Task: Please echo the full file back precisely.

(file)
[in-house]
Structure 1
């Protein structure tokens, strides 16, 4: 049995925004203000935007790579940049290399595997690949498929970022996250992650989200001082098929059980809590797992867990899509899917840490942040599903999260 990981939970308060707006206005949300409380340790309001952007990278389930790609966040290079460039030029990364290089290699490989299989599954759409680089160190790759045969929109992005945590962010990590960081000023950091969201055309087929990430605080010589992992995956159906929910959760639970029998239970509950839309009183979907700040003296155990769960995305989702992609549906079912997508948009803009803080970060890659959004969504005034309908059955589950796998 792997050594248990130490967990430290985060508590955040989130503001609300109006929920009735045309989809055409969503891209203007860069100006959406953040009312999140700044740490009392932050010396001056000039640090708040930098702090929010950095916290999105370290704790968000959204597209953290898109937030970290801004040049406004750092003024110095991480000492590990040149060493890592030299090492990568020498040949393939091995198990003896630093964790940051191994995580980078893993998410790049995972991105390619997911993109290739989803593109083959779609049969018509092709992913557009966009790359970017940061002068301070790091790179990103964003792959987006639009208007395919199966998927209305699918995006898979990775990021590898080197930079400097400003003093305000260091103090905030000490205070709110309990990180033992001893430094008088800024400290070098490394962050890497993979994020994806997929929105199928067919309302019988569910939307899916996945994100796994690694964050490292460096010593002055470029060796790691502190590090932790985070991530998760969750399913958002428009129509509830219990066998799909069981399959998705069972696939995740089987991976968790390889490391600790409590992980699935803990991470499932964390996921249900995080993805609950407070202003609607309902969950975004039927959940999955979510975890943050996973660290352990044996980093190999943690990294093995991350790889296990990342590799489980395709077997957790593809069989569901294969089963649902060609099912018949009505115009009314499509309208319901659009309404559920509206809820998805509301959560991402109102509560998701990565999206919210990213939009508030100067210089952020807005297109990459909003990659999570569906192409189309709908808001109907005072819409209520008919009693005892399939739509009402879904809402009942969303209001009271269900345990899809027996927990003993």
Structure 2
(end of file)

[in-house]
Structure 1
């Protein structure tokens, strides 16, 4: 049995925004203000935007790579940049290399595997690949498929970022996250992650989200001082098929059980809590797992867990899509899917840490942040599903999260 990981939970308060707006206005949300409380340790309001952007990278389930790609966040290079460039030029990364290089290699490989299989599954759409680089160190790759045969929109992005945590962010990590960081000023950091969201055309087929990430605080010589992992995956159906929910959760639970029998239970509950839309009183979907700040003296155990769960995305989702992609549906079912997508948009803009803080970060890659959004969504005034309908059955589950796998 792997050594248990130490967990430290985060508590955040989130503001609300109006929920009735045309989809055409969503891209203007860069100006959406953040009312999140700044740490009392932050010396001056000039640090708040930098702090929010950095916290999105370290704790968000959204597209953290898109937030970290801004040049406004750092003024110095991480000492590990040149060493890592030299090492990568020498040949393939091995198990003896630093964790940051191994995580980078893993998410790049995972991105390619997911993109290739989803593109083959779609049969018509092709992913557009966009790359970017940061002068301070790091790179990103964003792959987006639009208007395919199966998927209305699918995006898979990775990021590898080197930079400097400003003093305000260091103090905030000490205070709110309990990180033992001893430094008088800024400290070098490394962050890497993979994020994806997929929105199928067919309302019988569910939307899916996945994100796994690694964050490292460096010593002055470029060796790691502190590090932790985070991530998760969750399913958002428009129509509830219990066998799909069981399959998705069972696939995740089987991976968790390889490391600790409590992980699935803990991470499932964390996921249900995080993805609950407070202003609607309902969950975004039927959940999955979510975890943050996973660290352990044996980093190999943690990294093995991350790889296990990342590799489980395709077997957790593809069989569901294969089963649902060609099912018949009505115009009314499509309208319901659009309404559920509206809820998805509301959560991402109102509560998701990565999206919210990213939009508030100067210089952020807005297109990459909003990659999570569906192409189309709908808001109907005072819409209520008919009693005892399939739509009402879904809402009942969303209001009271269900345990899809027996927990003993």
Structure 2